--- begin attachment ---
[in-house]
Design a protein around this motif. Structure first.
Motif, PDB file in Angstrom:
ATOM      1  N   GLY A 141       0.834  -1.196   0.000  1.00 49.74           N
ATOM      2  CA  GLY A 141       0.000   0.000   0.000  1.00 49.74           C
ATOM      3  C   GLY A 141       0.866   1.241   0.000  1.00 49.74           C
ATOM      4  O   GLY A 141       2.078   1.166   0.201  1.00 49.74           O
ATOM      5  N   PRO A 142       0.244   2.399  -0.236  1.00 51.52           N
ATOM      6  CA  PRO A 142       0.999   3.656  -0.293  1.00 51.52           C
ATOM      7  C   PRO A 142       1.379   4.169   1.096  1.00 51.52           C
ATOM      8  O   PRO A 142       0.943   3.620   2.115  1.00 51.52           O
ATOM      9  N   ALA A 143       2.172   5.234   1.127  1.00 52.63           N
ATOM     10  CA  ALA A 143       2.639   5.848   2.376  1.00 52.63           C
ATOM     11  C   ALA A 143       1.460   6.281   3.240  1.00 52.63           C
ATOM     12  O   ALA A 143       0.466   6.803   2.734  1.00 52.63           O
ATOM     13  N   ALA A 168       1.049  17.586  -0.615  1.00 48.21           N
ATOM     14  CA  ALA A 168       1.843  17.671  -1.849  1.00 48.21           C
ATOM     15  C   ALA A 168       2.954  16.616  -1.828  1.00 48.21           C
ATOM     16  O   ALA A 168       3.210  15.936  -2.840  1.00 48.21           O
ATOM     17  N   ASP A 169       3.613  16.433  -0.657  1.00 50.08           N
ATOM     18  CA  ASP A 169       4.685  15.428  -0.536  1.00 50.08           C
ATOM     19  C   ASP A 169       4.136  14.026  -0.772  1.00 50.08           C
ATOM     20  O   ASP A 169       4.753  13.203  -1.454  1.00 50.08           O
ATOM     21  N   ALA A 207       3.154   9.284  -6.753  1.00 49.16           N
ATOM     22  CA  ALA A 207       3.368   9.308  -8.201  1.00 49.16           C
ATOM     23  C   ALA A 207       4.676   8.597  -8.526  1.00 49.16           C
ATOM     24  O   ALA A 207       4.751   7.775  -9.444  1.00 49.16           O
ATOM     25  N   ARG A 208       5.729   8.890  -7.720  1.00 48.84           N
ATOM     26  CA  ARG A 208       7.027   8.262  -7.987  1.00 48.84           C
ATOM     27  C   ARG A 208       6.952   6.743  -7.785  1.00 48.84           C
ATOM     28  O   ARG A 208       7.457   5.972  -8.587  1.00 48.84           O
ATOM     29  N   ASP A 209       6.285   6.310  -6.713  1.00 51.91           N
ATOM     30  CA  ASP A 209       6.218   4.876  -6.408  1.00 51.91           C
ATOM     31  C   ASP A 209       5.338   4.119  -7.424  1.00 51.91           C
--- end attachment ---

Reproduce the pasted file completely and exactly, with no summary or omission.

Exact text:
[in-house]
Design a protein around this motif. Structure first.
Motif, PDB file in Angstrom:
ATOM      1  N   GLY A 141       0.834  -1.196   0.000  1.00 49.74           N
ATOM      2  CA  GLY A 141       0.000   0.000   0.000  1.00 49.74           C
ATOM      3  C   GLY A 141       0.866   1.241   0.000  1.00 49.74           C
ATOM      4  O   GLY A 141       2.078   1.166   0.201  1.00 49.74           O
ATOM      5  N   PRO A 142       0.244   2.399  -0.236  1.00 51.52           N
ATOM      6  CA  PRO A 142       0.999   3.656  -0.293  1.00 51.52           C
ATOM      7  C   PRO A 142       1.379   4.169   1.096  1.00 51.52           C
ATOM      8  O   PRO A 142       0.943   3.620   2.115  1.00 51.52           O
ATOM      9  N   ALA A 143       2.172   5.234   1.127  1.00 52.63           N
ATOM     10  CA  ALA A 143       2.639   5.848   2.376  1.00 52.63           C
ATOM     11  C   ALA A 143       1.460   6.281   3.240  1.00 52.63           C
ATOM     12  O   ALA A 143       0.466   6.803   2.734  1.00 52.63           O
ATOM     13  N   ALA A 168       1.049  17.586  -0.615  1.00 48.21           N
ATOM     14  CA  ALA A 168       1.843  17.671  -1.849  1.00 48.21           C
ATOM     15  C   ALA A 168       2.954  16.616  -1.828  1.00 48.21           C
ATOM     16  O   ALA A 168       3.210  15.936  -2.840  1.00 48.21           O
ATOM     17  N   ASP A 169       3.613  16.433  -0.657  1.00 50.08           N
ATOM     18  CA  ASP A 169       4.685  15.428  -0.536  1.00 50.08           C
ATOM     19  C   ASP A 169       4.136  14.026  -0.772  1.00 50.08           C
ATOM     20  O   ASP A 169       4.753  13.203  -1.454  1.00 50.08           O
ATOM     21  N   ALA A 207       3.154   9.284  -6.753  1.00 49.16           N
ATOM     22  CA  ALA A 207       3.368   9.308  -8.201  1.00 49.16           C
ATOM     23  C   ALA A 207       4.676   8.597  -8.526  1.00 49.16           C
ATOM     24  O   ALA A 207       4.751   7.775  -9.444  1.00 49.16           O
ATOM     25  N   ARG A 208       5.729   8.890  -7.720  1.00 48.84           N
ATOM     26  CA  ARG A 208       7.027   8.262  -7.987  1.00 48.84           C
ATOM     27  C   ARG A 208       6.952   6.743  -7.785  1.00 48.84           C
ATOM     28  O   ARG A 208       7.457   5.972  -8.587  1.00 48.84           O
ATOM     29  N   ASP A 209       6.285   6.310  -6.713  1.00 51.91           N
ATOM     30  CA  ASP A 209       6.218   4.876  -6.408  1.00 51.91           C
ATOM     31  C   ASP A 209       5.338   4.119  -7.424  1.00 51.91           C